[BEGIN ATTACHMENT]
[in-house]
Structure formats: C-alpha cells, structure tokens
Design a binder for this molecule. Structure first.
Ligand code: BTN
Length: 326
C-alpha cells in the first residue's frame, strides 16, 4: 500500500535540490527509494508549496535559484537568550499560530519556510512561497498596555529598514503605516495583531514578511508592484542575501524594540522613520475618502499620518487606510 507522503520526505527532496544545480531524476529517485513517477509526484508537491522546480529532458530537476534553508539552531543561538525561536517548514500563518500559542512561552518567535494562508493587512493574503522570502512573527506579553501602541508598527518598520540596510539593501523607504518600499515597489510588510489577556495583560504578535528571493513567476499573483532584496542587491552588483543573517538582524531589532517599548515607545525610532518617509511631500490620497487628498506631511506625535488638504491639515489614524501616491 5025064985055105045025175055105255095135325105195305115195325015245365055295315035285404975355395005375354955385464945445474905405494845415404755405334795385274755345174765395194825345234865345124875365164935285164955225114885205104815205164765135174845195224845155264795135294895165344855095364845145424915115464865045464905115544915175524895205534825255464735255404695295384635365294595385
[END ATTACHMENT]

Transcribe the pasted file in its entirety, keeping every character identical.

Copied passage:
[in-house]
Structure formats: C-alpha cells, structure tokens
Design a binder for this molecule. Structure first.
Ligand code: BTN
Length: 326
C-alpha cells in the first residue's frame, strides 16, 4: 500500500535540490527509494508549496535559484537568550499560530519556510512561497498596555529598514503605516495583531514578511508592484542575501524594540522613520475618502499620518487606510 507522503520526505527532496544545480531524476529517485513517477509526484508537491522546480529532458530537476534553508539552531543561538525561536517548514500563518500559542512561552518567535494562508493587512493574503522570502512573527506579553501602541508598527518598520540596510539593501523607504518600499515597489510588510489577556495583560504578535528571493513567476499573483532584496542587491552588483543573517538582524531589532517599548515607545525610532518617509511631500490620497487628498506631511506625535488638504491639515489614524501616491 5025064985055105045025175055105255095135325105195305115195325015245365055295315035285404975355395005375354955385464945445474905405494845415404755405334795385274755345174765395194825345234865345124875365164935285164955225114885205104815205164765135174845195224845155264795135294895165344855095364845145424915115464865045464905115544915175524895205534825255464735255404695295384635365294595385